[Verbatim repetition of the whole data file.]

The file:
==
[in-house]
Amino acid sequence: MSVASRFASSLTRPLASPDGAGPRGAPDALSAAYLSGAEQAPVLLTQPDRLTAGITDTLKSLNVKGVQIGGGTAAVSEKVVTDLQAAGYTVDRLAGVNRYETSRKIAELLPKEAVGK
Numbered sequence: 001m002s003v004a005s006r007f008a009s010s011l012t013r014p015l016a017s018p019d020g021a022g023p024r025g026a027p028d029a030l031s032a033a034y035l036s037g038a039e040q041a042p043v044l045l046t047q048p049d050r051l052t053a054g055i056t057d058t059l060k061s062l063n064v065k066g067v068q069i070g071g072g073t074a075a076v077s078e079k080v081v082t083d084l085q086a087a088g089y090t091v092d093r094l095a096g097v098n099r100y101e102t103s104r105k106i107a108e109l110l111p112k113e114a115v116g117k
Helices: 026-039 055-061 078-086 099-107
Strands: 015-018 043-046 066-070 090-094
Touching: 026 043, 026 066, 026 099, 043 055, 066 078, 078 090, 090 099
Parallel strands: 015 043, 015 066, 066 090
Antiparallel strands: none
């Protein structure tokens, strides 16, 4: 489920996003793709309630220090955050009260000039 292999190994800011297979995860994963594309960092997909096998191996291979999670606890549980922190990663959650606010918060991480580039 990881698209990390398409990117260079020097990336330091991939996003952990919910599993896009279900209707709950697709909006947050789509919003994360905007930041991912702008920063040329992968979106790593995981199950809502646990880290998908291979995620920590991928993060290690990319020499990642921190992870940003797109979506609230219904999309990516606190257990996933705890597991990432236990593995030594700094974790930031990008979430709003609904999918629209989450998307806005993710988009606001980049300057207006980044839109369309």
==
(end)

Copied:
[in-house]
Amino acid sequence: MSVASRFASSLTRPLASPDGAGPRGAPDALSAAYLSGAEQAPVLLTQPDRLTAGITDTLKSLNVKGVQIGGGTAAVSEKVVTDLQAAGYTVDRLAGVNRYETSRKIAELLPKEAVGK
Numbered sequence: 001m002s003v004a005s006r007f008a009s010s011l012t013r014p015l016a017s018p019d020g021a022g023p024r025g026a027p028d029a030l031s032a033a034y035l036s037g038a039e040q041a042p043v044l045l046t047q048p049d050r051l052t053a054g055i056t057d058t059l060k061s062l063n064v065k066g067v068q069i070g071g072g073t074a075a076v077s078e079k080v081v082t083d084l085q086a087a088g089y090t091v092d093r094l095a096g097v098n099r100y101e102t103s104r105k106i107a108e109l110l111p112k113e114a115v116g117k
Helices: 026-039 055-061 078-086 099-107
Strands: 015-018 043-046 066-070 090-094
Touching: 026 043, 026 066, 026 099, 043 055, 066 078, 078 090, 090 099
Parallel strands: 015 043, 015 066, 066 090
Antiparallel strands: none
């Protein structure tokens, strides 16, 4: 489920996003793709309630220090955050009260000039 292999190994800011297979995860994963594309960092997909096998191996291979999670606890549980922190990663959650606010918060991480580039 990881698209990390398409990117260079020097990336330091991939996003952990919910599993896009279900209707709950697709909006947050789509919003994360905007930041991912702008920063040329992968979106790593995981199950809502646990880290998908291979995620920590991928993060290690990319020499990642921190992870940003797109979506609230219904999309990516606190257990996933705890597991990432236990593995030594700094974790930031990008979430709003609904999918629209989450998307806005993710988009606001980049300057207006980044839109369309």